Similar to the prayer that redefined his career course more than a decade ago, the title for Greater Than was also birthed from another revelatory moment. “I was preparing for a Bible study and I came across a familiar scripture ‘greater is he that is in you, than he that is in the world’ and it just hit me like a ton of bricks that day,” he continues. “[As the world] has grown darker and more evil, all these things are screaming. Stress is screaming loud, loneliness is screaming loud, boredom is even screaming loud, as is racism, violence and anger. All these things have a loud voice because of the social mediums and reality TV. People have a megaphone to the mouths of dysfunction, so it seems like the world is getting darker and darker. I want to say ‘wait a minute; let’s put things back in perspective.’ He’s even greater than anything in this world. Stress is strong, but He’s stronger. Same with loneliness and so on…”

Trusting through the trials

While it would be tempting to assume everything in Tribbett’s life behind the scenes has always flowed just as smoothly as his immensely successful career, he’s the first to admit those messages are just as personally applicable as they are evangelistic to others. Just because he’s famous doesn’t make him immune to life’s many avenues for strife, and while many of the blows have been absolutely crushing, it’s evident he practices what he preaches.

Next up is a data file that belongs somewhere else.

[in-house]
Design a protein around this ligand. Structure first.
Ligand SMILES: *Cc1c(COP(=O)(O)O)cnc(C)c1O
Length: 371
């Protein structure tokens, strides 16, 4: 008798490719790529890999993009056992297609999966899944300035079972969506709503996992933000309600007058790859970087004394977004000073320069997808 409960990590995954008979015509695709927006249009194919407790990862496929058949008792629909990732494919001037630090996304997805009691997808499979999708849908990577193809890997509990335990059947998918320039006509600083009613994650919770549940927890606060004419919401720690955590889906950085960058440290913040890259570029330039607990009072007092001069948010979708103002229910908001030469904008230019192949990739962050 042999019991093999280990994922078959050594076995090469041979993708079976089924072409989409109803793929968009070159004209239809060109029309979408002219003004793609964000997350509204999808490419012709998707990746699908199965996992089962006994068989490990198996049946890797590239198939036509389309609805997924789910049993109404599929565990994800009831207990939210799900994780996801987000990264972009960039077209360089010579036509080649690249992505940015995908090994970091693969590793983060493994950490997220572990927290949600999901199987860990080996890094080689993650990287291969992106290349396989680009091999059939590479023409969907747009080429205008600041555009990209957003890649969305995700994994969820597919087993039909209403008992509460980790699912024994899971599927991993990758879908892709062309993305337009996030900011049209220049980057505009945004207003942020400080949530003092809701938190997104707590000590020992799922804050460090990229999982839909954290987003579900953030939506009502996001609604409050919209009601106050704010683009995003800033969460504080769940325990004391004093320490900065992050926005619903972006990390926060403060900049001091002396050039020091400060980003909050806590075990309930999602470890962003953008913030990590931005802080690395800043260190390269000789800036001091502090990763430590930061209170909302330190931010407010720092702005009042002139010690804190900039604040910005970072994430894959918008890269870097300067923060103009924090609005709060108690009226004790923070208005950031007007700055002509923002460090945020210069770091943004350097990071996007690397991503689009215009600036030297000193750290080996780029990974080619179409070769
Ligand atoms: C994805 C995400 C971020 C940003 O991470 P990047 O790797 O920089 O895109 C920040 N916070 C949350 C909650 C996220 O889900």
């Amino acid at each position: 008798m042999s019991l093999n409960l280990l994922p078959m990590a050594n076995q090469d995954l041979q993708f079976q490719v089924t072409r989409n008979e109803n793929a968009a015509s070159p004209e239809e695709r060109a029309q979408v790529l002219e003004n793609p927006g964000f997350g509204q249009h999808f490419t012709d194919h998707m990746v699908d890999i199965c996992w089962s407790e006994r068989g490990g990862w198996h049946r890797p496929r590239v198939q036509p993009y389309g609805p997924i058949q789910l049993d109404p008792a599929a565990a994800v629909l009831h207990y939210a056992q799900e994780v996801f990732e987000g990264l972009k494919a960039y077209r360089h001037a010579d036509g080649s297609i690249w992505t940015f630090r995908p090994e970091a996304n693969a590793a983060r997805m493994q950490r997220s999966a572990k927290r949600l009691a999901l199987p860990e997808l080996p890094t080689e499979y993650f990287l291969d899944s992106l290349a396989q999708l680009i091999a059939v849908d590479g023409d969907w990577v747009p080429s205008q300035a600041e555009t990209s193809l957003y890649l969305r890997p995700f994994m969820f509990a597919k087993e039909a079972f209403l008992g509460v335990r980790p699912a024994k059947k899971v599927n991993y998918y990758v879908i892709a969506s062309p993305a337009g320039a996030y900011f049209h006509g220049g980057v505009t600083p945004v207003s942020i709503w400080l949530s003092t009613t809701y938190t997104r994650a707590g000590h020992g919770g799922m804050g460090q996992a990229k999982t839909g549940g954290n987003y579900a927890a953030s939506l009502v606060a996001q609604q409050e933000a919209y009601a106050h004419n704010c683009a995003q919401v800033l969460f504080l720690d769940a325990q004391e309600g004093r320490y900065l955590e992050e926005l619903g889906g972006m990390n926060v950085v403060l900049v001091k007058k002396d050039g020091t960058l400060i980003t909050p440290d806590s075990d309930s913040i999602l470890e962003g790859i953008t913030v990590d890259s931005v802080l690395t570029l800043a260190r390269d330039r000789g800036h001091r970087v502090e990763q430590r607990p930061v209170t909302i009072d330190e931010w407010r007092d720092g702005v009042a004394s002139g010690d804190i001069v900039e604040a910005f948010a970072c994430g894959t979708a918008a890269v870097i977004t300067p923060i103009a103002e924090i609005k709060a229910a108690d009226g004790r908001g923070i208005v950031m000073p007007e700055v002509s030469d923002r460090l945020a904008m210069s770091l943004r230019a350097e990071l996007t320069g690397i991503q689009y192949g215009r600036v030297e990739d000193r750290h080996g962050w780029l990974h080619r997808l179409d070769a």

“As artists, it looks like everything is good because you don’t come on stage crying,” Tribbett observes. “We don’t always have the leisure of being human in the face of people, but there have been moral failures in my life, personal failures and there have been sicknesses and diseases in my family. There have been traumas like car accidents leaving family members disabled for life and stuff like that, but we call ourselves believers, so believing is what we have to do in every situation. It’s challenging and it’s not easy, but I think our only responsibility in those crashing down moments is to still believe that God is able, and God honors that faith and that belief. You’re not responsible for the turn around – He is – but you’re responsible for believing He can turn it around and He honors that. The situations vary, but my response to it is the same. I still believe that He is able and He’s always responded.”